Policy Shop Weekly Digest: Disability Insurance, Desert

I had 2 posts over at Demos’ Policy Shop this week. Here is a rundown with links:

The Latest Social Insurance Freak Out. Excerpt:

The lesson here is, as always, don’t believe the goofy hype any time one of these social insurance stories catches fire. It is the same reheated nonsense again and again driven, not by any real concern for social programs, but by a rather transparent political agenda.

The Wailing of the 1 Percent and Its Defenders. Excerpt:

What’s interesting about this big move by Binswanger is that it concedes that processes, innovations, knowledge, technology and so on prop up all incomes, even those that have nothing to do with their creation. But if we take that understanding to its logical desert theory end, it actually generates the conclusion that every single person is a massive net moocher on generations of people long dead. I did not make electricity technology, but it makes me way richer. I did not make algebra, but it makes me way richer. Same goes for calculus, physics, engineering principles, and all the rest of it. If it is the case that we are not entitled to the increment of our income that is owing to technologies and accumulated knowledge we did not ourselves create, then the majority of everyone’s income does not belong to them. It belongs to people who are dead.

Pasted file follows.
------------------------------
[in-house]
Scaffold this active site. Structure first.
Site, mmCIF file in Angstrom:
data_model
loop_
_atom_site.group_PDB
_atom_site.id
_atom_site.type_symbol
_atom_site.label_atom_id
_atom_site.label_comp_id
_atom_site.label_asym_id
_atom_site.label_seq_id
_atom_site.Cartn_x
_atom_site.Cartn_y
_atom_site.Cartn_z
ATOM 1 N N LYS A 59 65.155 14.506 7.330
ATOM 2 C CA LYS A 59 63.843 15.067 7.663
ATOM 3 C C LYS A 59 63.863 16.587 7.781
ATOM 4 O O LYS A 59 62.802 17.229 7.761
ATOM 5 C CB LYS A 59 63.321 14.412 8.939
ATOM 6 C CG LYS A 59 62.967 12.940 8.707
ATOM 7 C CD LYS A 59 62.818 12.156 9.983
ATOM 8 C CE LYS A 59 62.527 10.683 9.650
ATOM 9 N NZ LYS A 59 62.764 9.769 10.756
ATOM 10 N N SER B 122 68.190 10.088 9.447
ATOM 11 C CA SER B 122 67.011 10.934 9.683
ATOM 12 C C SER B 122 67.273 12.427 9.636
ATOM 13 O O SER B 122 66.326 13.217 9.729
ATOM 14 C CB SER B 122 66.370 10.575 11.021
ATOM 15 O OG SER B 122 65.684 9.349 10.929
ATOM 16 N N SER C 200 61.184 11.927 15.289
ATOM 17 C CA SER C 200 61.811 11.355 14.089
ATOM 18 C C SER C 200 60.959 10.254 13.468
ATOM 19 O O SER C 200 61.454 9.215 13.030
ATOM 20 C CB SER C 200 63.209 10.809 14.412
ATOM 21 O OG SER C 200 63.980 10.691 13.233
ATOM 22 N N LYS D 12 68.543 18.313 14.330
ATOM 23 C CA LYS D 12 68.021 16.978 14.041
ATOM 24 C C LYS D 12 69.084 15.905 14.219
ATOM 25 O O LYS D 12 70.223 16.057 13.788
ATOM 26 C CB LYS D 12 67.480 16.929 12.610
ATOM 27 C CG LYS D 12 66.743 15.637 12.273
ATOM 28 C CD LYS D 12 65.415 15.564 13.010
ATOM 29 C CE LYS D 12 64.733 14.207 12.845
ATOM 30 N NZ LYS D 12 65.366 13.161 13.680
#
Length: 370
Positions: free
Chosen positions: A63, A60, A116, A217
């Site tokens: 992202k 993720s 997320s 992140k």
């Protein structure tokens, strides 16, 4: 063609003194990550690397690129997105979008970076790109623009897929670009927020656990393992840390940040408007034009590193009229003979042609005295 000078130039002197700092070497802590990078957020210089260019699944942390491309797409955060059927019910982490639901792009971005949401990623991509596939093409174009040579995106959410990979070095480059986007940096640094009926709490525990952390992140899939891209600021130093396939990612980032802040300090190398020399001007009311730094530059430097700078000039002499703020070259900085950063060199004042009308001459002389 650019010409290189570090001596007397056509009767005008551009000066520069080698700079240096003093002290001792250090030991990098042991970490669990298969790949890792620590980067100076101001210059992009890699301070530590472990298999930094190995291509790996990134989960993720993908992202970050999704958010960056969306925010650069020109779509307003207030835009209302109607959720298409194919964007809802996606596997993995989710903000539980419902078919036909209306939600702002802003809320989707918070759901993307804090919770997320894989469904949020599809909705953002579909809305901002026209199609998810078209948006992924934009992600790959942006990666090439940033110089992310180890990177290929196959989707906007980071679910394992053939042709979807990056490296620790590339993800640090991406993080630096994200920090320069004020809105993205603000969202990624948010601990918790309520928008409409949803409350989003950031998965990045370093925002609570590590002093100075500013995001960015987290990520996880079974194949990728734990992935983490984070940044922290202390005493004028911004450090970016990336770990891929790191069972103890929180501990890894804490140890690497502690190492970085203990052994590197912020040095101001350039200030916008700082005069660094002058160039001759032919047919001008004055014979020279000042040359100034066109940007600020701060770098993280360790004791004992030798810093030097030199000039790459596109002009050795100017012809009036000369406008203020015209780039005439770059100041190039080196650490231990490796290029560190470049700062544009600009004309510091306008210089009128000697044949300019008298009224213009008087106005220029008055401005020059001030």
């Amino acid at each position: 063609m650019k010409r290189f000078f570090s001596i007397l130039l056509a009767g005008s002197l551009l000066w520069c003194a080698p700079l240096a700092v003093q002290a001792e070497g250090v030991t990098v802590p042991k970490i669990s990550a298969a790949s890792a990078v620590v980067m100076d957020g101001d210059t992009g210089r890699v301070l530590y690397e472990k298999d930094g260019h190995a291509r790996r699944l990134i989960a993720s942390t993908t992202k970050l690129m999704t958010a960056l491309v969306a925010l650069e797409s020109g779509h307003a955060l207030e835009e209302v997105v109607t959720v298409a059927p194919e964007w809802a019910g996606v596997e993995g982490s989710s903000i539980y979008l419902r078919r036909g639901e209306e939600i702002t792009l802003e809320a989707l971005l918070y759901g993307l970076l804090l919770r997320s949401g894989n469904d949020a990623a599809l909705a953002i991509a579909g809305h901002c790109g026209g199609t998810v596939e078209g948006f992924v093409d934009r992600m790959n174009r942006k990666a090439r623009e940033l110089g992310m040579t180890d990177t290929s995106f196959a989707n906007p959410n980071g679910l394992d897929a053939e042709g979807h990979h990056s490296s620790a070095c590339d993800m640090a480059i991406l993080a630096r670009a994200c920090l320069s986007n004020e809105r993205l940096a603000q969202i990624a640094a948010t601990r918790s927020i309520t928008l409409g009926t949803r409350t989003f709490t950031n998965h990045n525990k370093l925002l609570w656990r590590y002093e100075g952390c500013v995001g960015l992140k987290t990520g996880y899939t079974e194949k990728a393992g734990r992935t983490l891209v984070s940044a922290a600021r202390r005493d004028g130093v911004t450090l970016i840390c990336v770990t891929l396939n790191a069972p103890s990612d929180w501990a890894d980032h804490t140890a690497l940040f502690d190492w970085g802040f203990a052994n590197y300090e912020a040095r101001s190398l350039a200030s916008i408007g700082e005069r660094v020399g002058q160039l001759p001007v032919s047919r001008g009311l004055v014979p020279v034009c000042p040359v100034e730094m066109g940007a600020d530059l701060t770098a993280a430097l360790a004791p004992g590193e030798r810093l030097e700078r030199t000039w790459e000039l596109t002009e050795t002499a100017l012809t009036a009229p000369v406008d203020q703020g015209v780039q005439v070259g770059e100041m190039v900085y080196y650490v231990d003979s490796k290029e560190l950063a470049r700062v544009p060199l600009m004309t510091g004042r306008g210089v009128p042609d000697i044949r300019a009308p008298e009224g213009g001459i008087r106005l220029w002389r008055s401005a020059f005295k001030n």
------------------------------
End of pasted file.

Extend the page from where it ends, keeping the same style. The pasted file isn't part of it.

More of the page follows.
So what does desert theory do about the increment of production that is the result of the intellectual labor of people who are not alive, which it so happens is probably the majority of income we generate each year? We can’t give it back because the would-be recipients are gone. Seems like the next obvious answer is to give it to everyone. Since no one person has any particular claim to it, it only seems fair that we enjoy it equally. And if that’s the case, then the 1 percent is making out like a bandit right now.